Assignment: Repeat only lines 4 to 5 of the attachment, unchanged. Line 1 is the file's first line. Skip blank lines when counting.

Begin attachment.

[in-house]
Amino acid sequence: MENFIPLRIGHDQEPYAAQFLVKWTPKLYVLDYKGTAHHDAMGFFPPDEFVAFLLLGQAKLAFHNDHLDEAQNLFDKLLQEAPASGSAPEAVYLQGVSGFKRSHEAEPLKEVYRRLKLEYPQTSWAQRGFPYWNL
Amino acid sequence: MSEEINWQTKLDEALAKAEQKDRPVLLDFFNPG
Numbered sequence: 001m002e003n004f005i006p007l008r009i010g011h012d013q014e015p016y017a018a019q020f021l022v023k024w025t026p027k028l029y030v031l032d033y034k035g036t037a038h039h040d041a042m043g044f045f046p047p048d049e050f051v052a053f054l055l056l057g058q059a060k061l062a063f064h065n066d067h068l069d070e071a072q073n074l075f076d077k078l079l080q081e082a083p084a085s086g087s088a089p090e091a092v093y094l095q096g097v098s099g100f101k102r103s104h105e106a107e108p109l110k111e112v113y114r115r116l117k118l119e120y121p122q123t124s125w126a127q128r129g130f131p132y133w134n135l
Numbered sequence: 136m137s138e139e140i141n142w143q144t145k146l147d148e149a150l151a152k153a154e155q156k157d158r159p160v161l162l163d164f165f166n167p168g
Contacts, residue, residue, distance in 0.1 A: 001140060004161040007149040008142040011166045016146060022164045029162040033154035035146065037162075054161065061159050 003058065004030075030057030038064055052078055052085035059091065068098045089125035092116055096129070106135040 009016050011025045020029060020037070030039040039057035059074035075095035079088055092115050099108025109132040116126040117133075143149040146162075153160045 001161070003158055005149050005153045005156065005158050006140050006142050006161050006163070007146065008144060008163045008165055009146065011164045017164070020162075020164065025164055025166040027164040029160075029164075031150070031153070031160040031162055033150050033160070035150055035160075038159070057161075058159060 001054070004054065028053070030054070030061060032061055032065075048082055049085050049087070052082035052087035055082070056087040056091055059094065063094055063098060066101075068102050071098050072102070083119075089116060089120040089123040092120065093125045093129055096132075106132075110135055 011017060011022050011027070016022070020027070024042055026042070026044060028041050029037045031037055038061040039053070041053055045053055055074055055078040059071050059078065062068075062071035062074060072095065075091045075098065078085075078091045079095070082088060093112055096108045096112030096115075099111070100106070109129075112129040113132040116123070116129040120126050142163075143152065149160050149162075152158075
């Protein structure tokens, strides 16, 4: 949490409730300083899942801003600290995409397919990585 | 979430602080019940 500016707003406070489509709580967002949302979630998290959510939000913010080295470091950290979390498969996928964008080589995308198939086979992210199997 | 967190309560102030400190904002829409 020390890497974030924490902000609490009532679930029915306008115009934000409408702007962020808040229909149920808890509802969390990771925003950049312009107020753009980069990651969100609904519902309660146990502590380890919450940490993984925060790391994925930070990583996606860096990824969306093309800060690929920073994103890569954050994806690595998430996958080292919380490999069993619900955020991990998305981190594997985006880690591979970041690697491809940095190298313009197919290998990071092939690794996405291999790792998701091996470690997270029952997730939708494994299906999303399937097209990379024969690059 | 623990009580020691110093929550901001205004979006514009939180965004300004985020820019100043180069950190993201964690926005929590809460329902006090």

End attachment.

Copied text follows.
Numbered sequence: 001m002e003n004f005i006p007l008r009i010g011h012d013q014e015p016y017a018a019q020f021l022v023k024w025t026p027k028l029y030v031l032d033y034k035g036t037a038h039h040d041a042m043g044f045f046p047p048d049e050f051v052a053f054l055l056l057g058q059a060k061l062a063f064h065n066d067h068l069d070e071a072q073n074l075f076d077k078l079l080q081e082a083p084a085s086g087s088a089p090e091a092v093y094l095q096g097v098s099g100f101k102r103s104h105e106a107e108p109l110k111e112v113y114r115r116l117k118l119e120y121p122q123t124s125w126a127q128r129g130f131p132y133w134n135l
Numbered sequence: 136m137s138e139e140i141n142w143q144t145k146l147d148e149a150l151a152k153a154e155q156k157d158r159p160v161l162l163d164f165f166n167p168g